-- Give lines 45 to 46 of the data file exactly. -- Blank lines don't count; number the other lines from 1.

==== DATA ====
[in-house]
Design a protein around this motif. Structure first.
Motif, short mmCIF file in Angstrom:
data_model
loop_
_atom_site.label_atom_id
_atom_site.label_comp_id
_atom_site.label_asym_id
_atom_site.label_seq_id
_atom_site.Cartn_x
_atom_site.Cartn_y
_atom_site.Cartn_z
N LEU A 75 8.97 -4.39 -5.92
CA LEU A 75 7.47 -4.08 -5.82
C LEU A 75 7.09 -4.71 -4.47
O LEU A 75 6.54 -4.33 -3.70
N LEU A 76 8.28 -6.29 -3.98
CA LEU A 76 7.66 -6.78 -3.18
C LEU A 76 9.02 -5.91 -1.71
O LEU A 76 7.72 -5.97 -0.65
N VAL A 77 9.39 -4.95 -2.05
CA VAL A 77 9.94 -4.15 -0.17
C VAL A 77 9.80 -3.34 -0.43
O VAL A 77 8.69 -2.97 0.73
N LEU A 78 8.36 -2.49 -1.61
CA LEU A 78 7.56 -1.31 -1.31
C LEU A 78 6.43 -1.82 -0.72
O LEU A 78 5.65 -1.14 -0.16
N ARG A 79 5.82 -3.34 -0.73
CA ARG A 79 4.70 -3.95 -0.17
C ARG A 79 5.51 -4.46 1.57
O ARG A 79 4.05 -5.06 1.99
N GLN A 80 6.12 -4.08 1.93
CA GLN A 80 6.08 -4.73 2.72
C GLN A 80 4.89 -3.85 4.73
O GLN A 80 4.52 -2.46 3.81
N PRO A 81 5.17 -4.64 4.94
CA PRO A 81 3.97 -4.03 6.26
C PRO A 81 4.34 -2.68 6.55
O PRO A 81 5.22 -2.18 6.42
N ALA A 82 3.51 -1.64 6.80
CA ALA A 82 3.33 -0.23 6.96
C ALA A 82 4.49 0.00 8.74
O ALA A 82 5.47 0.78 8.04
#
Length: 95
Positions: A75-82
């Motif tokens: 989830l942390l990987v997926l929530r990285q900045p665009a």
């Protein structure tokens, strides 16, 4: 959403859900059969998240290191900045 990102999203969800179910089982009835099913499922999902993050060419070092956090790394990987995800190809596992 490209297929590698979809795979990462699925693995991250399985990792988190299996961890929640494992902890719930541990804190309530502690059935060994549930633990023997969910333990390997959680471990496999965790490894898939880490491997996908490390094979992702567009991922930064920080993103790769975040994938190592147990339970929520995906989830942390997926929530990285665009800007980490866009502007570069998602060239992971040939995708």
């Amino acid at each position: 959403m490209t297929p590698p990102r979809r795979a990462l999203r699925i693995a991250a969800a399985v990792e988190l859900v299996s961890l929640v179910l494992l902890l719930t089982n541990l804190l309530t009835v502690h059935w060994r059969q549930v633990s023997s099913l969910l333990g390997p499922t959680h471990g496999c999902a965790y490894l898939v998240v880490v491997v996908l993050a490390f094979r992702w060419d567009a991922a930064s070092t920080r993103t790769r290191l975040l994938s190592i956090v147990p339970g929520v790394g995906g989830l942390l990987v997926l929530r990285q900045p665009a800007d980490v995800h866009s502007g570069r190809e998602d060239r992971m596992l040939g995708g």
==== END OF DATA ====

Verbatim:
#
Length: 95